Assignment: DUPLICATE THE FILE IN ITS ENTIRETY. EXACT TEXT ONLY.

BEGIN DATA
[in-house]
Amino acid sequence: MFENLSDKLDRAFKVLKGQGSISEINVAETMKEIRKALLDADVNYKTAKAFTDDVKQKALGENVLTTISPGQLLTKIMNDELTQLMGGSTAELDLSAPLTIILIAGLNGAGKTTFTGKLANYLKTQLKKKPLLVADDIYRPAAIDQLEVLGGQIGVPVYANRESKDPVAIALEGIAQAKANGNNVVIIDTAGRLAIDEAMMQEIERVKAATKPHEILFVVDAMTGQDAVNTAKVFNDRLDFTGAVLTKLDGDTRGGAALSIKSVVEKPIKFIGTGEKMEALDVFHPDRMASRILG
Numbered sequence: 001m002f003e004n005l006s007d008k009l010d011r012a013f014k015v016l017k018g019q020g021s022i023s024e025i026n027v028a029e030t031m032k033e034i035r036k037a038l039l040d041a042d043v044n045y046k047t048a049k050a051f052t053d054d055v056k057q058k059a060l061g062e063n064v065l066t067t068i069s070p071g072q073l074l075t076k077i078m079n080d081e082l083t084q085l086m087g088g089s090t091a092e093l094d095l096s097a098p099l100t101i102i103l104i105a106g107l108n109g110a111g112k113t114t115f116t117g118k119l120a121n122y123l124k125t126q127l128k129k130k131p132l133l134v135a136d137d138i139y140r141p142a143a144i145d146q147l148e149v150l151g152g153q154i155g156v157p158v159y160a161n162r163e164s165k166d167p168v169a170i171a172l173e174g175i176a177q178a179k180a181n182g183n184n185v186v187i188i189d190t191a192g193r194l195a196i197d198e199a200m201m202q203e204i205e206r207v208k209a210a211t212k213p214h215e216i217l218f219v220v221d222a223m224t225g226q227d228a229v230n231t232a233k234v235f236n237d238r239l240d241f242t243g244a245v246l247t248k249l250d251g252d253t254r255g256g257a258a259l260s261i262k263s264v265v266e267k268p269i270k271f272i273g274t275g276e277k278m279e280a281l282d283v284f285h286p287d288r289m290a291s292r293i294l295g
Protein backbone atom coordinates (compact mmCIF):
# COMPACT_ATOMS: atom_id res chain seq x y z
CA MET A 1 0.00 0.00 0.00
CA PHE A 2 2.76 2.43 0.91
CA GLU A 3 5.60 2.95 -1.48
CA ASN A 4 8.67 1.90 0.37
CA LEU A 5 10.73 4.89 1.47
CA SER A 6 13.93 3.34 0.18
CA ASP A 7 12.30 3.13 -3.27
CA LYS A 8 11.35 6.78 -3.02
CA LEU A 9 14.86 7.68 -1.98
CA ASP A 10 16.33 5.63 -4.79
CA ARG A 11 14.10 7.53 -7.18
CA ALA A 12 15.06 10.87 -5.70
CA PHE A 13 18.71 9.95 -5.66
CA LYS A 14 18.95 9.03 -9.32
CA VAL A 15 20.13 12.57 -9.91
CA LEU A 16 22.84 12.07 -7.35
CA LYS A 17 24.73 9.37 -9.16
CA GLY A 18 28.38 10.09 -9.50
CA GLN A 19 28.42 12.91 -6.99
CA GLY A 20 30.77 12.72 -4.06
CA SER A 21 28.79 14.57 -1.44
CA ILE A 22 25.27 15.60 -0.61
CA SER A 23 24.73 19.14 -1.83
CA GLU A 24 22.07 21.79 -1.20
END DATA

[in-house]
Amino acid sequence: MFENLSDKLDRAFKVLKGQGSISEINVAETMKEIRKALLDADVNYKTAKAFTDDVKQKALGENVLTTISPGQLLTKIMNDELTQLMGGSTAELDLSAPLTIILIAGLNGAGKTTFTGKLANYLKTQLKKKPLLVADDIYRPAAIDQLEVLGGQIGVPVYANRESKDPVAIALEGIAQAKANGNNVVIIDTAGRLAIDEAMMQEIERVKAATKPHEILFVVDAMTGQDAVNTAKVFNDRLDFTGAVLTKLDGDTRGGAALSIKSVVEKPIKFIGTGEKMEALDVFHPDRMASRILG
Numbered sequence: 001m002f003e004n005l006s007d008k009l010d011r012a013f014k015v016l017k018g019q020g021s022i023s024e025i026n027v028a029e030t031m032k033e034i035r036k037a038l039l040d041a042d043v044n045y046k047t048a049k050a051f052t053d054d055v056k057q058k059a060l061g062e063n064v065l066t067t068i069s070p071g072q073l074l075t076k077i078m079n080d081e082l083t084q085l086m087g088g089s090t091a092e093l094d095l096s097a098p099l100t101i102i103l104i105a106g107l108n109g110a111g112k113t114t115f116t117g118k119l120a121n122y123l124k125t126q127l128k129k130k131p132l133l134v135a136d137d138i139y140r141p142a143a144i145d146q147l148e149v150l151g152g153q154i155g156v157p158v159y160a161n162r163e164s165k166d167p168v169a170i171a172l173e174g175i176a177q178a179k180a181n182g183n184n185v186v187i188i189d190t191a192g193r194l195a196i197d198e199a200m201m202q203e204i205e206r207v208k209a210a211t212k213p214h215e216i217l218f219v220v221d222a223m224t225g226q227d228a229v230n231t232a233k234v235f236n237d238r239l240d241f242t243g244a245v246l247t248k249l250d251g252d253t254r255g256g257a258a259l260s261i262k263s264v265v266e267k268p269i270k271f272i273g274t275g276e277k278m279e280a281l282d283v284f285h286p287d288r289m290a291s292r293i294l295g
Protein backbone atom coordinates (compact mmCIF):
# COMPACT_ATOMS: atom_id res chain seq x y z
CA MET A 1 0.00 0.00 0.00
CA PHE A 2 2.76 2.43 0.91
CA GLU A 3 5.60 2.95 -1.48
CA ASN A 4 8.67 1.90 0.37
CA LEU A 5 10.73 4.89 1.47
CA SER A 6 13.93 3.34 0.18
CA ASP A 7 12.30 3.13 -3.27
CA LYS A 8 11.35 6.78 -3.02
CA LEU A 9 14.86 7.68 -1.98
CA ASP A 10 16.33 5.63 -4.79
CA ARG A 11 14.10 7.53 -7.18
CA ALA A 12 15.06 10.87 -5.70
CA PHE A 13 18.71 9.95 -5.66
CA LYS A 14 18.95 9.03 -9.32
CA VAL A 15 20.13 12.57 -9.91
CA LEU A 16 22.84 12.07 -7.35
CA LYS A 17 24.73 9.37 -9.16
CA GLY A 18 28.38 10.09 -9.50
CA GLN A 19 28.42 12.91 -6.99
CA GLY A 20 30.77 12.72 -4.06
CA SER A 21 28.79 14.57 -1.44
CA ILE A 22 25.27 15.60 -0.61
CA SER A 23 24.73 19.14 -1.83
CA GLU A 24 22.07 21.79 -1.20